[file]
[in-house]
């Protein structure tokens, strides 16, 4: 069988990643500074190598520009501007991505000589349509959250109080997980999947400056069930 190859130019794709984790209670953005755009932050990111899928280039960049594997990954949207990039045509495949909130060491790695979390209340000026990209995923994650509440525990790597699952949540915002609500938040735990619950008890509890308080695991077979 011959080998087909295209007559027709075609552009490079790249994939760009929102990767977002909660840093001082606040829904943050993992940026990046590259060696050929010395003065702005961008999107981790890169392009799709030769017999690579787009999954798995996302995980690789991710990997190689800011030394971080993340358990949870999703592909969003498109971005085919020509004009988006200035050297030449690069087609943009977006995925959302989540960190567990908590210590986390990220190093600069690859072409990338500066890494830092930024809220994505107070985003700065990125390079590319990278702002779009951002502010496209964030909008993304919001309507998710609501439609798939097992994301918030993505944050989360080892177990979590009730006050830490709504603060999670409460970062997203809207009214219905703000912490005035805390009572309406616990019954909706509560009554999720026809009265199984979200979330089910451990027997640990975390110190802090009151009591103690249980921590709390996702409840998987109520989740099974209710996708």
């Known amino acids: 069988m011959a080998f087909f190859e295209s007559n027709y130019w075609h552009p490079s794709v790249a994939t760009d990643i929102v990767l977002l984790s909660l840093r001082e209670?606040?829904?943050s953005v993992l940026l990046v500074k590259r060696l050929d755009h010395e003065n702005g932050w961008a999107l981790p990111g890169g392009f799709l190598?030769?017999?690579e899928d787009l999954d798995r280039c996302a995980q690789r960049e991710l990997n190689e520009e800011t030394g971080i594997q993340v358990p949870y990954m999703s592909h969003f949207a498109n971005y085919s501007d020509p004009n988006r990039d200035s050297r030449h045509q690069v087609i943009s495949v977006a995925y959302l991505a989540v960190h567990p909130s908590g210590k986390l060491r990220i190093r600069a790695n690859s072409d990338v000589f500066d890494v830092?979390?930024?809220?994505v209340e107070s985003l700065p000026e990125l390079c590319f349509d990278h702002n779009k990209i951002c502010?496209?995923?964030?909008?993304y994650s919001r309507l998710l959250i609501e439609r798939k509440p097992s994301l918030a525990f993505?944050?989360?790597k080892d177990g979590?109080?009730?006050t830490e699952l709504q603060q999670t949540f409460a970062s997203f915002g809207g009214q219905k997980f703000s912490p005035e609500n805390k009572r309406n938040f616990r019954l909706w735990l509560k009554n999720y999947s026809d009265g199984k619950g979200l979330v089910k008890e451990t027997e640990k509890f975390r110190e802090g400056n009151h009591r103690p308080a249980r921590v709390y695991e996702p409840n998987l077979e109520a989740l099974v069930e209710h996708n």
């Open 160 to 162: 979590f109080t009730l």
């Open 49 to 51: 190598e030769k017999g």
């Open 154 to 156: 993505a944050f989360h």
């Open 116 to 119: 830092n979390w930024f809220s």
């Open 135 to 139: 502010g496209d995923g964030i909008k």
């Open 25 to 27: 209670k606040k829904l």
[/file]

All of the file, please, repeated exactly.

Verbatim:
[in-house]
């Protein structure tokens, strides 16, 4: 069988990643500074190598520009501007991505000589349509959250109080997980999947400056069930 190859130019794709984790209670953005755009932050990111899928280039960049594997990954949207990039045509495949909130060491790695979390209340000026990209995923994650509440525990790597699952949540915002609500938040735990619950008890509890308080695991077979 011959080998087909295209007559027709075609552009490079790249994939760009929102990767977002909660840093001082606040829904943050993992940026990046590259060696050929010395003065702005961008999107981790890169392009799709030769017999690579787009999954798995996302995980690789991710990997190689800011030394971080993340358990949870999703592909969003498109971005085919020509004009988006200035050297030449690069087609943009977006995925959302989540960190567990908590210590986390990220190093600069690859072409990338500066890494830092930024809220994505107070985003700065990125390079590319990278702002779009951002502010496209964030909008993304919001309507998710609501439609798939097992994301918030993505944050989360080892177990979590009730006050830490709504603060999670409460970062997203809207009214219905703000912490005035805390009572309406616990019954909706509560009554999720026809009265199984979200979330089910451990027997640990975390110190802090009151009591103690249980921590709390996702409840998987109520989740099974209710996708």
């Known amino acids: 069988m011959a080998f087909f190859e295209s007559n027709y130019w075609h552009p490079s794709v790249a994939t760009d990643i929102v990767l977002l984790s909660l840093r001082e209670?606040?829904?943050s953005v993992l940026l990046v500074k590259r060696l050929d755009h010395e003065n702005g932050w961008a999107l981790p990111g890169g392009f799709l190598?030769?017999?690579e899928d787009l999954d798995r280039c996302a995980q690789r960049e991710l990997n190689e520009e800011t030394g971080i594997q993340v358990p949870y990954m999703s592909h969003f949207a498109n971005y085919s501007d020509p004009n988006r990039d200035s050297r030449h045509q690069v087609i943009s495949v977006a995925y959302l991505a989540v960190h567990p909130s908590g210590k986390l060491r990220i190093r600069a790695n690859s072409d990338v000589f500066d890494v830092?979390?930024?809220?994505v209340e107070s985003l700065p000026e990125l390079c590319f349509d990278h702002n779009k990209i951002c502010?496209?995923?964030?909008?993304y994650s919001r309507l998710l959250i609501e439609r798939k509440p097992s994301l918030a525990f993505?944050?989360?790597k080892d177990g979590?109080?009730?006050t830490e699952l709504q603060q999670t949540f409460a970062s997203f915002g809207g009214q219905k997980f703000s912490p005035e609500n805390k009572r309406n938040f616990r019954l909706w735990l509560k009554n999720y999947s026809d009265g199984k619950g979200l979330v089910k008890e451990t027997e640990k509890f975390r110190e802090g400056n009151h009591r103690p308080a249980r921590v709390y695991e996702p409840n998987l077979e109520a989740l099974v069930e209710h996708n």
């Open 160 to 162: 979590f109080t009730l």
């Open 49 to 51: 190598e030769k017999g």
């Open 154 to 156: 993505a944050f989360h």
């Open 116 to 119: 830092n979390w930024f809220s």
């Open 135 to 139: 502010g496209d995923g964030i909008k």
């Open 25 to 27: 209670k606040k829904l």